High School Math Teacher Reveals Selfless Act Of Donating Kidney To One Of His Students — 'Why Not Help Someone Who Really Needs It?'

He didn't think twice about wanting to help one of his students who was in need of a kidney.

Teacher talking to student in an office Monkey Business Images / Shutterstock

A high school teacher has received praise after doing a selfless act to help one of his students in need.

Eddie McCarthy, a math teacher at Whitmer High School in Toledo, Ohio, revealed that he had seen a story circulating about a 15-year-old who needed some help due to a serious condition affecting his health. McCarthy explained that he didn't hesitate once he realized that the young man was one of his students and that he had an opportunity to help.


He decided to donate his kidney to one of his students who had been looking for a donor.

Roman McCormick, a high school senior, and his parents had shared their story with local news stations in Toledo, Ohio, as well as in Monroe, Michigan. Roman revealed that he needed a kidney donor due to a rare syndrome affecting him.

The 15-year-old has branchiootorenal or BOR syndrome, a hereditary condition that affects tissue development and can cause ear and kidney malformations, according to the National Institutes of Health.

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"I'm not able to eat foods that most normal kids will be able to. I'm not able to be more [physically] active because [my] kidneys are slowing down my physical activity," Roman told Good Morning America, adding that his condition often makes him feel very tired as well.

Over time, Roman's condition worsened, leading to stage 4 kidney disease. If the young boy wasn't able to find a donor, he would need to go on dialysis until the transplant. With no options left, Roman's parents, Jamie Redd and Dan McCormick decided to reach out and share their story.

McCarthy ended up discovering Roman's need for a new kidney a couple of months later after seeing the news story floating around. "In mid-February, I think the story was just going around, maybe on Facebook or something and maybe one of my friends might have texted me like, 'Hey, this is your student.' So I saw that," McCarthy told GMA.

"And then the next day, or maybe a day after that, I went and got tested. We were matched there and then I just kept going back up to the hospital and doing all the tests that you have to do, and I kept coming back healthy, and it was shown that I'm a match for him."


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McCarthy surprised Roman and his parents with the news about the two being a match for the transplant.

Unbeknownst to Roman or his parents, McCarthy decided to go get tested. The high school math teacher revealed that he didn't go into it thinking he would be donating his kidney, but just wanted to see if there was a chance he would be able to help.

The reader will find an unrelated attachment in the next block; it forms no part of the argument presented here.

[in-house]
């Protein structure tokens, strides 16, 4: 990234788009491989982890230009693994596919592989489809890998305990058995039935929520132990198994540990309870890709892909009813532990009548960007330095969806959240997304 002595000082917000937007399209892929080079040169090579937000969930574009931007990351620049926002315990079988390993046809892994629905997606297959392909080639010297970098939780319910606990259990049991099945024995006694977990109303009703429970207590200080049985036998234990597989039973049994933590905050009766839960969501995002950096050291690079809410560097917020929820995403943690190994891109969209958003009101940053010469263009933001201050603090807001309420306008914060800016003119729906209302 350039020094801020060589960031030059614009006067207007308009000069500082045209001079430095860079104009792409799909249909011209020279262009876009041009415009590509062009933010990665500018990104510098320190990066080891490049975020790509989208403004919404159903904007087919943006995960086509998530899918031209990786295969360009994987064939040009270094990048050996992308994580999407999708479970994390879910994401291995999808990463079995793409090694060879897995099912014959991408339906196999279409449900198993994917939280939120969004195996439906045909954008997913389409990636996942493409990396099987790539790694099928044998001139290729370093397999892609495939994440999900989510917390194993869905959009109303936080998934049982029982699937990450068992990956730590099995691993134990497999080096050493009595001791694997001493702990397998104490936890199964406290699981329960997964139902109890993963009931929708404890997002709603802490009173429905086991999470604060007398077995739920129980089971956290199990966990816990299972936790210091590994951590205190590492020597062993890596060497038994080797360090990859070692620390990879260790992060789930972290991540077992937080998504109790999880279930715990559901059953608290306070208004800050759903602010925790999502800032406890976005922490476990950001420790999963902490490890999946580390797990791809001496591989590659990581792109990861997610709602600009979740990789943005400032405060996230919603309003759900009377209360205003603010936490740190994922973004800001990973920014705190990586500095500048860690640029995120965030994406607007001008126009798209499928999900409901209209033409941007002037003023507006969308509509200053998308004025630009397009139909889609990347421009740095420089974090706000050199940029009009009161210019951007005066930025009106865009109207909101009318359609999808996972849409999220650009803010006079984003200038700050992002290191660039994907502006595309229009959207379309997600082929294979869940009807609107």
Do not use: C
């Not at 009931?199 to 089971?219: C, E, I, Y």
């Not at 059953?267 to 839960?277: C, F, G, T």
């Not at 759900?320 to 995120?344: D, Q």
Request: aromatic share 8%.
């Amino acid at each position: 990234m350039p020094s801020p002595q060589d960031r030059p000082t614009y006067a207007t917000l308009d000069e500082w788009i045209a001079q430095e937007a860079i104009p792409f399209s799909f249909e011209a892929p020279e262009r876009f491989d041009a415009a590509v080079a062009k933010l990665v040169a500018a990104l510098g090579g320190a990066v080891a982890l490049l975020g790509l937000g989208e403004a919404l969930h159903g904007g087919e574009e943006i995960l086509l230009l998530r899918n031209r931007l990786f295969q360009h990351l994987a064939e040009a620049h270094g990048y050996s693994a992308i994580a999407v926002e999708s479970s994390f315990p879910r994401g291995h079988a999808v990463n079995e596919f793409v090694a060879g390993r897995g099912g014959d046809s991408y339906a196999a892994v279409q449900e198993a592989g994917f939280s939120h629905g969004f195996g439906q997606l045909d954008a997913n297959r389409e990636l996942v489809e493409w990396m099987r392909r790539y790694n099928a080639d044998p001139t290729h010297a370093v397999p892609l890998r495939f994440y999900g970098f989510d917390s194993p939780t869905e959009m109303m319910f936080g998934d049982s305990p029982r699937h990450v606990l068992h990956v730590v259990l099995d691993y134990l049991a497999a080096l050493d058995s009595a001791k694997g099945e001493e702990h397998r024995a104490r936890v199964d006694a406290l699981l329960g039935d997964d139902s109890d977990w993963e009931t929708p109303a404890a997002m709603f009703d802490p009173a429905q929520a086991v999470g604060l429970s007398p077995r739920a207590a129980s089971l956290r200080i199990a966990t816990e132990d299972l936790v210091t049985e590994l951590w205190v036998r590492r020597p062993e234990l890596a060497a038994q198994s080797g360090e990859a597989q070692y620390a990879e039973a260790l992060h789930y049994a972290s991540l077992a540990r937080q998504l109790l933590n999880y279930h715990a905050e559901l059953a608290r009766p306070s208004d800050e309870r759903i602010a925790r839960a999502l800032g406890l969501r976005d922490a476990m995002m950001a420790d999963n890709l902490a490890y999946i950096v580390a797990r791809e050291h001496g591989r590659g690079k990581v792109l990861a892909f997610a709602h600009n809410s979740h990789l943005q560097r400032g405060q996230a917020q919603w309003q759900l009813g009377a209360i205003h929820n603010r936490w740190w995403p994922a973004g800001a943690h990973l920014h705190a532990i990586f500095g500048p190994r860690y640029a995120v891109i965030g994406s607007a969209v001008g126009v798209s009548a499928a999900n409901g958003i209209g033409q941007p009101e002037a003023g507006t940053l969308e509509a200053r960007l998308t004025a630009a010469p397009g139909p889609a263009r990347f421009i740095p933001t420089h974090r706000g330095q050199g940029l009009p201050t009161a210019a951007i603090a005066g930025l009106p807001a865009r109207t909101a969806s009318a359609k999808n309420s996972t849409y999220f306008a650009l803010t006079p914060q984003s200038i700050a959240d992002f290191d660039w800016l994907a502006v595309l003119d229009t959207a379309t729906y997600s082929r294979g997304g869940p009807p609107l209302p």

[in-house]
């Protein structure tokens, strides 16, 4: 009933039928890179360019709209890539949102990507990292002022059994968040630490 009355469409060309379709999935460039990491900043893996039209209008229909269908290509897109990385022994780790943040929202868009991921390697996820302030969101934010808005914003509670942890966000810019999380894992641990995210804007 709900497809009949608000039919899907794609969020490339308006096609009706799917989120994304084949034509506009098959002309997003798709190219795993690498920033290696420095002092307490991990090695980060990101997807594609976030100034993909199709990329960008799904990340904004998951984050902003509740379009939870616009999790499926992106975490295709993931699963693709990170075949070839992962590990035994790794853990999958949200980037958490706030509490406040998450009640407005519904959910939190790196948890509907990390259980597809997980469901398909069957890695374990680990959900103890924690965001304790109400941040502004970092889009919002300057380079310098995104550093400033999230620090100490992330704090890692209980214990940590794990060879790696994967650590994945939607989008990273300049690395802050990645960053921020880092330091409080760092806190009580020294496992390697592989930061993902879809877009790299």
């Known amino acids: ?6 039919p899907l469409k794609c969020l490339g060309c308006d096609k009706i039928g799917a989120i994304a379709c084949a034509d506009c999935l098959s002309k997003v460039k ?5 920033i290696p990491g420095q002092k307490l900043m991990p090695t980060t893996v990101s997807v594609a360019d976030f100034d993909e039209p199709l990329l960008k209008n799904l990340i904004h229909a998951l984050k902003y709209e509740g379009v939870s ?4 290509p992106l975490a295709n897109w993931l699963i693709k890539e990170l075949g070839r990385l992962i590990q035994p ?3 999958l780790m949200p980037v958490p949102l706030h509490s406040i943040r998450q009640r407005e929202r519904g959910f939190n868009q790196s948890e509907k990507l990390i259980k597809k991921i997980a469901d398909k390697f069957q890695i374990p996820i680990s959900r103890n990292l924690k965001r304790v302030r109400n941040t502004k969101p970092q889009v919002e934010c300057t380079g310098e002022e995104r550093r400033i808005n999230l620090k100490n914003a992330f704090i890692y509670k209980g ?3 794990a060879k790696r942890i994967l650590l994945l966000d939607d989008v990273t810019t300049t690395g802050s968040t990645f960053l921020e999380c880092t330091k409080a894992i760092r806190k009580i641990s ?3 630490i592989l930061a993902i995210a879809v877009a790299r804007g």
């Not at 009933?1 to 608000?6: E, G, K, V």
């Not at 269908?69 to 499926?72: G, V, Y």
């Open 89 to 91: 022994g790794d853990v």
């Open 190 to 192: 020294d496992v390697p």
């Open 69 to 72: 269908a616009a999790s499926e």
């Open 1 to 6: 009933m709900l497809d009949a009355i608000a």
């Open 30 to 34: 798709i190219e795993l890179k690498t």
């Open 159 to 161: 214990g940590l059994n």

For the kidney donation, McCarthy and Roman would have to share the same blood type — in this case, O positive — and other steps had to be followed for it all to work out.

"When I originally signed up, you don't go into it thinking, 'I'm gonna donate my kidney.' You just go into it thinking, 'Let's see if we're a match. Let's see if it works.'" McCarthy recalled. "And then it just worked."


"It's pretty crazy that it ends up being, you know, like his math teacher... because I know there were a bunch of other people that probably started the process as well. But you know, you got to be a match. It doesn't always work out."

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At first, McCarthy had planned on simply remaining anonymous, but after putting himself in Roman's parents' shoes, he decided that the family would probably want to know who the donor was for their son, and McCarthy's instincts were right.

Roman's mother was speechless at hearing the news that her son would be able to get a new kidney and have 'his teenage years back.'

"I could thank him for the rest of my life and it would still never be enough for what he's doing. And I know it's a commitment not just from him, but his family too," Jamie insisted, while Roman's father added, "The fact that my son was able to get a donor just means the world to me."


"I'll never be able to... thank him enough for everything that he's done for us. He's a wonderful human being."

As for McCarthy, he hoped that the attention he was receiving for his actions would encourage others to learn if they might be a match for someone in their lives who needs a kidney.

"There's people out there who need kidneys... You technically don't need both of yours. So, why not help someone who really needs it?" he said. "It's totally worth it to just go for it. Go get checked out and see if you're a match."


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Nia Tipton is a Chicago-based entertainment, news, and lifestyle writer whose work delves into modern-day issues and experiences.